Wednesday, March 14, 2007
Come do laundry for me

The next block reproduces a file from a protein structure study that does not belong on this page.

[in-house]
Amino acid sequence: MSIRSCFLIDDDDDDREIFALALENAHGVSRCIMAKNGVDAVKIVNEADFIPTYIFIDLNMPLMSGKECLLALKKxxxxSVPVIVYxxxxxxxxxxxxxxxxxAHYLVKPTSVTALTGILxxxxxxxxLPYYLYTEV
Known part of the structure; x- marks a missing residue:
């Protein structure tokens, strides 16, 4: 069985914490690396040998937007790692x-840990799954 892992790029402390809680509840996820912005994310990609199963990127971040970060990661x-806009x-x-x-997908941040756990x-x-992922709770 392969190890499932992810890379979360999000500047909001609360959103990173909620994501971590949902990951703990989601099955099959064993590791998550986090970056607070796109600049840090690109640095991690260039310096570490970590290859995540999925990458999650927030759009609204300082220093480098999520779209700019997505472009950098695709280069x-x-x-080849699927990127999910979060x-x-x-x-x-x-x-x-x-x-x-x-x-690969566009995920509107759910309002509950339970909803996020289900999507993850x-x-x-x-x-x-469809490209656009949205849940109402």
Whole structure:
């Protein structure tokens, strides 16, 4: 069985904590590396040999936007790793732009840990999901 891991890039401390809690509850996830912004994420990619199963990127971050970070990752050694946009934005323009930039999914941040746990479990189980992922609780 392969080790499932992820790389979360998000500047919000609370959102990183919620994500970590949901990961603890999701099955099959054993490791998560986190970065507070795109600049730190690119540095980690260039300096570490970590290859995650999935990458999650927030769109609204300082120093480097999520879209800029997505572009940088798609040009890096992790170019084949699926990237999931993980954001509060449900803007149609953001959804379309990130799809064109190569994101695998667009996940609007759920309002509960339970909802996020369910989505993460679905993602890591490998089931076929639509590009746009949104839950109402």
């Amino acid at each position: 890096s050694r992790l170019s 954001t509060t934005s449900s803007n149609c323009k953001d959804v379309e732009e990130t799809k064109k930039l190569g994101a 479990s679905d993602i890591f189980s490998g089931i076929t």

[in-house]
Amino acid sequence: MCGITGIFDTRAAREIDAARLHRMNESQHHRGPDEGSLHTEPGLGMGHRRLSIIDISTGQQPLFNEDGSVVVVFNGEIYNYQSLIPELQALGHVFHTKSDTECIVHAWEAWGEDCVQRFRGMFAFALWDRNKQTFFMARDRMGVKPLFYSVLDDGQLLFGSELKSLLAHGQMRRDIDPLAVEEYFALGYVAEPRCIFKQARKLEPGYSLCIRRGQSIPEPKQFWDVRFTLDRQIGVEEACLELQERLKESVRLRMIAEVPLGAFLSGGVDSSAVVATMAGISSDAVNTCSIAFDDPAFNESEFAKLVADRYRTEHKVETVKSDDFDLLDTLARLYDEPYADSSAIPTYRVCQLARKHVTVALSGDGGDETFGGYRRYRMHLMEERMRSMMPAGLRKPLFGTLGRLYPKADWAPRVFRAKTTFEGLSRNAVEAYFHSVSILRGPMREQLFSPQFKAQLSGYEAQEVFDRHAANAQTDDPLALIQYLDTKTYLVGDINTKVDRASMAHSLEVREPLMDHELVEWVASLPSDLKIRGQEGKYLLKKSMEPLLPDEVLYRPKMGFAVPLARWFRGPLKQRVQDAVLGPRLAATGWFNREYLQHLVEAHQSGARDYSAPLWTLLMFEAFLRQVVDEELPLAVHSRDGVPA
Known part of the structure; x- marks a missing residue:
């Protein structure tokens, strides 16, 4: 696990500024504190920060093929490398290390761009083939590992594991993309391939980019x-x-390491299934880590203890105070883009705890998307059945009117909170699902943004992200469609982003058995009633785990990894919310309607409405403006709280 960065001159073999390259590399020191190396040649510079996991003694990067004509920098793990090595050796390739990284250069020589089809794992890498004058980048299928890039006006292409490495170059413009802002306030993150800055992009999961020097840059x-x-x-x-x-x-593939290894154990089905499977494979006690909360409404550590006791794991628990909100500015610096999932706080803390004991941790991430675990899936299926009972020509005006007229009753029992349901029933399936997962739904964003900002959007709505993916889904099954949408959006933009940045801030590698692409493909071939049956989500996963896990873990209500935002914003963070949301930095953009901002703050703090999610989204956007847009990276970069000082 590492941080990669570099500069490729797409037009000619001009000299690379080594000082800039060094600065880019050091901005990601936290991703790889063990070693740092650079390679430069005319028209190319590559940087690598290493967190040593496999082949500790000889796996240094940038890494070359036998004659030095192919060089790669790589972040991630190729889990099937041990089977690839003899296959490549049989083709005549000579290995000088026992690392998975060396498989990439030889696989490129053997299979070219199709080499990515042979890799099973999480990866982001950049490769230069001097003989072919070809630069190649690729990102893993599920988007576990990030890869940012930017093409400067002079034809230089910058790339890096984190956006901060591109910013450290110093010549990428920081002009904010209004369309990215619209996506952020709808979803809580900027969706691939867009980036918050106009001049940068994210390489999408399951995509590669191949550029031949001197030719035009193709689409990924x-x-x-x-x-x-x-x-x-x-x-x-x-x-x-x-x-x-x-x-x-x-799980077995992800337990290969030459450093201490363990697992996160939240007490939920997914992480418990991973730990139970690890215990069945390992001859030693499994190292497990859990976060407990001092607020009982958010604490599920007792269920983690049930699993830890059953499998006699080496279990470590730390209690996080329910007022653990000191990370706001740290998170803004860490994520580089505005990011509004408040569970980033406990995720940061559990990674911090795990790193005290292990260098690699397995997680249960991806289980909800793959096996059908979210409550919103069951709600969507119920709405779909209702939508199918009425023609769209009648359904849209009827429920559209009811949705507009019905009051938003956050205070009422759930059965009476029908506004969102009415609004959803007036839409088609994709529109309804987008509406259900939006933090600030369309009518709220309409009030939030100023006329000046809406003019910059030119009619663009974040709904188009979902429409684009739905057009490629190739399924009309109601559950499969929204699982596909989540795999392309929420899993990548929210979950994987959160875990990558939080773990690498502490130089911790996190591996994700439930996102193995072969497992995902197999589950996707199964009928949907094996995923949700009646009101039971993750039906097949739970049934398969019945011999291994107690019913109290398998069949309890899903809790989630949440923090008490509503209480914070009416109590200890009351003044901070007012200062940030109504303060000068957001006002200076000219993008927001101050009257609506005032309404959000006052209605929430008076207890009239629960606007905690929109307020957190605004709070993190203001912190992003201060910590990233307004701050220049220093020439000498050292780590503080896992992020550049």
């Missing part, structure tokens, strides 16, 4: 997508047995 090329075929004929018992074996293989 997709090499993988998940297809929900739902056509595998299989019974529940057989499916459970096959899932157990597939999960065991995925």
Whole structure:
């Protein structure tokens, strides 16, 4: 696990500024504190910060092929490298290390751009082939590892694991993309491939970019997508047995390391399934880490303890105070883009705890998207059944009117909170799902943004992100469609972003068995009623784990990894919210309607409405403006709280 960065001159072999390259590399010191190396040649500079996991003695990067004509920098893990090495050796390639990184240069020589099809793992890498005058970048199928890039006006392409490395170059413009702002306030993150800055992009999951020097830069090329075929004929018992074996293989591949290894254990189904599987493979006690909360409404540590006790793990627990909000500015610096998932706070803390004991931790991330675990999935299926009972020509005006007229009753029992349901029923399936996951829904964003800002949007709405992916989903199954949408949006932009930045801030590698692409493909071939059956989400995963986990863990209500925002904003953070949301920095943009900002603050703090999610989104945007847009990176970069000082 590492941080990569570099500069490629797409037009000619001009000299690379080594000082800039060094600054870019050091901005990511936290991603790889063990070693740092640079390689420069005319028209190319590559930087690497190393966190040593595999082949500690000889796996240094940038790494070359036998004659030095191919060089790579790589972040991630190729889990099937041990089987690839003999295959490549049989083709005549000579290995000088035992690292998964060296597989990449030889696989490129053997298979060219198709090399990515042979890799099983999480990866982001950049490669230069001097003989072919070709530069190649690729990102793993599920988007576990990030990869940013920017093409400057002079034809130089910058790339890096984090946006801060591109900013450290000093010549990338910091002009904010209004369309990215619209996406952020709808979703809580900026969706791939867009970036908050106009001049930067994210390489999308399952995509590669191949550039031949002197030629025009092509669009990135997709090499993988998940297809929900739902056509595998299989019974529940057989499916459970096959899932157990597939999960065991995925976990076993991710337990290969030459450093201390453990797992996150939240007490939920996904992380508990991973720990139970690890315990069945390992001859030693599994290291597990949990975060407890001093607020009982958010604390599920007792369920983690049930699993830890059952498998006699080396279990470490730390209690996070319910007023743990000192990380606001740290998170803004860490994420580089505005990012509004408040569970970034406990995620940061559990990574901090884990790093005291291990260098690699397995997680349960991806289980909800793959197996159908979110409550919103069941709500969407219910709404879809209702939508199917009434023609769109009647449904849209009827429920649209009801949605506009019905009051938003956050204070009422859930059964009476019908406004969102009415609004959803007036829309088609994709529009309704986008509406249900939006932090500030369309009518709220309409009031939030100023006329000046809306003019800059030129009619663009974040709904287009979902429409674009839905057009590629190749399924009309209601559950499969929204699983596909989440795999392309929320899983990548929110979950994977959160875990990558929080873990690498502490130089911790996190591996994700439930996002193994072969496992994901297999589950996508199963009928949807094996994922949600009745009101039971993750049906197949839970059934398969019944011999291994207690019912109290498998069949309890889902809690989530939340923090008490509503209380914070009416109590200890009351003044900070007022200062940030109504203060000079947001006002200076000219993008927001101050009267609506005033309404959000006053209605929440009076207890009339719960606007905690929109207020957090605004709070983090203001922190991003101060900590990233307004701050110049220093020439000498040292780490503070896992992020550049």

I hate laundry. I don't know why. It's not that big a deal. And yet, I hate it. I hate gathering it and sorting it. I hate lugging it downstairs. I don't mind getting it into the washer, now that I have a table down there, so there is that bright spot. I despise transferring the cold, wet clothes to the dryer. And emptying the lint trap my DH invariably leaves packed so full you can hardly pull it out of the housing. The worst worst worst part, is turning those cold and wet and soggy pant legs inside out. See, I like to wash pants right side out (to get the dirt off the surface) but dry them inside out (so that the pocket linings and waist band etc. fully dry). Putting them right side out after they are dry is fine, but I really hate having to stick my arm in that damp pant leg. Perhaps if I was less cheap and washed in warmer water it would be better, but I am cheaper than I am annoyed at having to turn them inside out when they are wet - so cheapness wins. T-shirts with nice decals get the same treatment. Wash right side out to get the dirt off the fronts, then dry inside out the save the decals. Some people say this makes no difference. DH and I have a few duplicate t-shirts bought at the same time. Mine still look brand new, his look like they have gone through the ringer. I believe it is due to turning them inside out to dry, but really, he wears t-shirts with decals so much more often than I do, it may just be he gets a million more wearings and washings out of them. But we won't tell him that, 'kay? It's because of the turning. Got it? It is physically exhausting getting the laundry out of the dryer and into the basket. If I crouch, the muscles of my left leg and guts twist like snakes under a blanket. If I bend, I cannot move my arms (gawd, that is embarassing. I keep forgetting. So I bend to grab something, and my arms dangle lifelessly like kermit the frog's. Except I have no wire attached to mine for a puppeteer to maneuver). So crouch it is, with a lot of swearing and sweating and breaks to stretch my leg out. Once that is done, there is the little task of lifting that there basket and getting it upstairs. Now there is another feat. But see, I have a system for getting laundry up and down stairs. I am NOT supposed to carry laundry. Ever. Big bad things, people. So I gather it up and tell DH it needs to go down. And I wait days, then finally manage to drag it into the upstairs hallway. And wait again. Then I get desparate and angry and kick that basket down the steps. The first set is about 6 steps high. Then I gather the spilled laundry and right the basket. It sits in the kitchen for a day or so while DH exclaims "I said I would do it!" yet there it still sits. By the next day I am sick of tripping on it so I kick it down the next, and much longer, flight of steps. Again, gather the laundry and my hackles, right the basket and sit on the floor for a good cry. For I still have one more flight of steps to go. This is the shortest flight, and the most difficult. The hallway is narrow, and the floor is a dirty concrete so I don't want to kick the basket down there and spill it. *Interjection - yes, I know I can clean that floor. And I do. But for some reason that spot at the bottom of the stairs collects.....stuff. Cat and dog hair tumbleweeds. Cobwebs. Dead potato bugs. Dead and live spiders. Bits and bobs of paper and lint and paper dots and the edges of stamps, and so on. Why is that? - end of interjection*. Sometimes I bribe DD to bring it down the last leg of the trip. But really, she is just little and I don't feel right asking her to lug a big basket of laundry down perilous steps. Mostly it sits next to DH's chair where he insists nightly "I said I would bring it down!". And yet there it sits. Now this is the trickiest part, because the method varies depending on my mood, DH's shift, and how desparate I am for the undies in that basket to be clean. Method One: Huge Colossal Fight. This is where I scream and yell and rant and rave, and DH claims he has no idea what is wrong with me, and that all I have to do is ask and he will bring the laundry down, and yet sits there while the laundry is staring him in the face. So I take his hand and place it on the basket, and say can you not see this basket here? And because I have asked once again, DH cannot possibly bring it down. Because I asked again, you see. It is like a punishment or some alternative universe when it is opposite day every day. He won't bring the laundry down unless I ask. And if I ask, he has to make me wait because I ASKED. Asking is nagging, and if he gives in he has taught me that nagging works and it will only get worse. *Now, here is where I could punch the therapist that told him that. We only lasted two sessions there. On the second session he suggested that if Dh was in the mood and I was not, that he force me and show me who was the boss. I am not kidding. And we weren't even talking about that when he brought that up.* This method never ends well emotionally, but the laundry does eventually make it down the stairs. Because at some point I usually scream BRING THE EFFING LAUNDRY DOWN BEFORE I KICK YOUR ARSE BACK HOME TO YOUR MOMMA. Then there is another humdinger bang-up argument to get the laundry back upstairs, but it involves much more swearing and yelling and sometimes crying. Once I even went and asked a stranger on the street to come inside and bring it up for $5.00. And DH sat on the couch looking like an idiot and didn't get the message. Method Two: Silent cues. This is where I put the laundry basket on his pillow. Night after night he will move it, until finally he figures out "Hey, maybe she keeps putting it here because she wants me to bring it down". And he will ask, and I will say "Seeing as I have asked you four times per day, then yes, that is probably what I want". There is some eye-rolling. Sometimes it makes it directly to the basement, others it spends time visiting the living room or kitchen, depending on where DH is when he becomes distracted. If that happens, I usually resort to parts of method one to get it the rest of the way downstairs. As for getting it back UPSTAIRS, well, there is the rub again. Method Three: Strike action. This is more of a "work to rule" than a real strike. After all, there is a child involved so I can't let everything go completely. We usually make it to about 7:00pm before DH realizes that dinner is not just late, it is non-existant. You want me to make dinner? Bring the laundry down. You want me to make lunch/dinner/grocery shop/nookie? Bring the laundry back up. Once I took the batteries from the remotes and said they would not come back until the laundry went down, then back up again. That was a rough two hours, I can tell you. There was a lot of huffy breaths and hostile foot taps while he waited for the laundry to be done. But we also must note, that there is a package of like a hundred AAA batteries inches from his chair, and at no time did he attempt to put them in the remotes. Sometimes we have to save ourselves, and if we can't, then we get what we deserve. *The first person that says I get what I deserve with DH too, has to eat one of those AAA batteries.* Method Four: Sit and cry. This is, by far, the easiest method. It is also the one I like the least, although it kind of works the best. It is what happens when the laundry is that last straw and I am the dromedary. Believe it or not, I do not cry often. Well, at least not in front of others. And somehow quiet, calm sobbing panics DH more than hysteria. I cry and I snot and I blubber about unmopped floors and laundry that sits in baskets upstairs and downstairs and towels that taunt me from the floor. That I only exist when somebody needs or wants something but other than that I am invisible. The cats get very nervous and pace, and Ruby usually looks miserable and will sit next to me with her head on my knee. Most times DH will run and bring the laundry up or down. It's like when a person tries to keep a baby from crying "See? I am bringing it up now. See? Stop crying like that". And knowing that it is the only reason usually makes me cry harder. Why? I will ask. Why does everything have to be so hard? Why can't you just bring the basket down or up when I ask. Why does it always have to come to this? DH usually transfers the baskets a little quicker and with less prompting the next week. But it has never lasted beyond that. Now, lest you think I am a manipulative witch (oh, I am. But I don't like you thinking it), this is not a conscious effort. I don't sit and think, gee, which method should I use this week? No. That is not how it works. But I could definitely see the pattern, looking back over months and years. I need to start a journal of these things, so I can develop a method book. You know, to increase chances of success. Or at least to show me that I keep making the same mistakes over and over again. I have said it before, the definition of insane is doing the same thing over and over and expecting a different outcome. Once I have the laundry thing figured out, then on to getting the garbage out and mowing the lawn before we could lose machinery in the thicket.